Accommodating religious beliefs and practices in the workplace

Rated 3.86/5 based on 652 customer reviews

In addition to prohibiting discrimination by private and public employers on the grounds of race, color, sex, religion and national origin, Title VII states that an employer must provide "reasonable accommodation" of an employee's religious beliefs and practices.Under Title VII, an employer can't refuse to reasonably accommodate an employee's religious observances, unless accommodation would constitute an "undue hardship" for the business.In 2013, there had been a number of charges filed by the Equal Employment Opportunity Commission (EEOC) involving religion in the workplace.As workplaces become more religiously diverse, it may be a good time for your organization to review its practices relative to the issue.Say an applicant tells you she wouldn’t be able to work Friday nights due to her religion.Or an employee begins wearing a headscarf to the office. The increasing religious diversity in the workforce is causing more managers to make legal mistakes.Title VII accommodation cases often concern the extent to which an employer must alter work schedules to accommodate religious holidays or the Sabbath.An employee must first notify the employer of the conflict between his or her religious belief and an employment requirement.

The Court has stated that at a minimum, the Establishment Clause means: Neither a state nor the Federal Government can set up a church.Religion is the fastest growing and one of the most confusing areas in employment law. No person can be punished for entertaining or professing religious beliefs or disbeliefs, for church attendance or non-attendance. Supreme Court case in this area, decided during the Vietnam War, set forth the test be applied when determining whether a religious belief is bona fide for religious exclusion from the military draft: “The test might be stated in these words: A sincere and meaningful belief which occupies in the life of its possessor a place parallel to that filled by the God of those admittedly qualifying for the exemption comes within the statutory definition.” The Court made it clear that these sincere and meaningful beliefs that prompt the registrant’s objection to all wars need not be confined in either source or content to traditional or parochial concepts of religion. 1992), the employee alleged that he was fired for his organization of a KKK Adolf Hitler rally. The First Amendment creates a very large legal exemption for religions from many legal actions, not just employment cases.The EEOC has issued extensive guidelines on the topic. The courts have even found that Atheists have a “creed” which qualifies as “religion” and must be reasonably accommodated. Where does protected religious behavior cross into harassment of other employees, clients and customers? [Up to four year statute of limitations and unlimited damages; plaintiff can sue individuals, as well as organizations.] The U. Supreme Court has interpreted the Establishment Clause to mean that government may not promote or affiliate itself with any religious doctrine or organization, may not discriminate against persons on the basis of their religious beliefs and practices, may not delegate a government power to a religious institution and may not involve itself too deeply in such an institution’s affairs. No tax in any amount, large or small, can be levied to support any religious activities or institutions, whatever they may be called, nor may the Federal Government, openly or secretly, participate in the affairs of any religious organizations or groups and vice versa. The court ruled that incorporating prayer into required meetings violates employees’ rights. religion.” “The term ‘religion’ includes all aspects of religious observance or practice, as well as belief, unless an employer demonstrates that he is unable to reasonably accommodate to an employee’s or prospective employee’s religious observance or practice without undue hardship on the conduct of the employer’s business.” [300-day statute of limitations and limited damages; generally only employer liability] discrimination in contracts and other areas of business and public life. It held that the law “does not distinguish between externally and internally derived beliefs,” and also held that “intensely personal” convictions which some might find incomprehensible or incorrect come within the meaning of religious belief in the Act. The exemptions include not just worship facilities but also exemptions, or partial exemptions, for religiously-affiliated organizations.Federal anti-discrimination law—Title VII of the Civil Rights Act of 1964—makes it unlawful to discriminate against applicants or employees based on their religion.The law says employers must “reasonably accommodate” an employee’s “sincerely held” religious practices unless doing so would impose an “undue hardship” on the employer.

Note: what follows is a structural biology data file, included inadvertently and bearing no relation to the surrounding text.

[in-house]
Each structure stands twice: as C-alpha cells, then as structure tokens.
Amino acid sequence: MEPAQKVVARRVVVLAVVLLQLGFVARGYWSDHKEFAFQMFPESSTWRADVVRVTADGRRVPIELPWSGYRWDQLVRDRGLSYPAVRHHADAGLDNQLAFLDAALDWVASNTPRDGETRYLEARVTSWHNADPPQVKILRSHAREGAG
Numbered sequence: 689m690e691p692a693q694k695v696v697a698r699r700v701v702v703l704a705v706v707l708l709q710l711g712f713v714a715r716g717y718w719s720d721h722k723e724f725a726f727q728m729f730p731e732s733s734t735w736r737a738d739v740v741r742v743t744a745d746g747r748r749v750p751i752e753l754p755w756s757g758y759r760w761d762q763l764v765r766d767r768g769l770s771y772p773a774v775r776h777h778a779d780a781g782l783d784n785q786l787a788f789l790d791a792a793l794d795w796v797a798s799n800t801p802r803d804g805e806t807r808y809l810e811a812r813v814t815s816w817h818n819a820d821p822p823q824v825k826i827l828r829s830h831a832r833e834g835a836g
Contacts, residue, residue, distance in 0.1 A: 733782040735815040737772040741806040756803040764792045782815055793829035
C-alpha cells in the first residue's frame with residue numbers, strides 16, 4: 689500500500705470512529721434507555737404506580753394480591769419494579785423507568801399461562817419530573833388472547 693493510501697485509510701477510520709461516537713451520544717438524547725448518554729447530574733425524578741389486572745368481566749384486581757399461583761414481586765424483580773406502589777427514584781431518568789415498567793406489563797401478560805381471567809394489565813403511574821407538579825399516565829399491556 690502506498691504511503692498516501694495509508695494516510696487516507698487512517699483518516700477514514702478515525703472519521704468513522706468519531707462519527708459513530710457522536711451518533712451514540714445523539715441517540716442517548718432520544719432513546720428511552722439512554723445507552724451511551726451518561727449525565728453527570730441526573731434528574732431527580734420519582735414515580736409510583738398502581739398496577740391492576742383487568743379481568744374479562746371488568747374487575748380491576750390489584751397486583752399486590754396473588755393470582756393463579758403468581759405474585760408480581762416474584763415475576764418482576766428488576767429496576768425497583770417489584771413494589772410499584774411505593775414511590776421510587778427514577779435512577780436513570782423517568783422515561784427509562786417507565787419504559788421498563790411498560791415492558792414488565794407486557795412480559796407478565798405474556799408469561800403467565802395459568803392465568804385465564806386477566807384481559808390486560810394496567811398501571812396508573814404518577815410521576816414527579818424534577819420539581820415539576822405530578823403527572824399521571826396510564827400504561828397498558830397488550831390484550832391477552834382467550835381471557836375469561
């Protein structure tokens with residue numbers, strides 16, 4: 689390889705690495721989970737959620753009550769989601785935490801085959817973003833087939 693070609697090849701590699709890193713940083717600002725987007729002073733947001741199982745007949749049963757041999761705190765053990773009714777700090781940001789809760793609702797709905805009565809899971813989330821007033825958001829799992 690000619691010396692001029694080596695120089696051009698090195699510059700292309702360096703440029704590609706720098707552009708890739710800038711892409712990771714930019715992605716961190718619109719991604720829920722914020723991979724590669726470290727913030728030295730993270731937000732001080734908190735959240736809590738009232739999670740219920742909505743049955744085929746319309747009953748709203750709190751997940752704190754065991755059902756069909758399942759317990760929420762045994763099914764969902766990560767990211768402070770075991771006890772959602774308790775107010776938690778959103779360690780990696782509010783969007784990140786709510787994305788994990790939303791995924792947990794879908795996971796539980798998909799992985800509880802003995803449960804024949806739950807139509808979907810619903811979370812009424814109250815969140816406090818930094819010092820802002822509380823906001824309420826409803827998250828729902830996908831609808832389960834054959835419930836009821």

Leave a Reply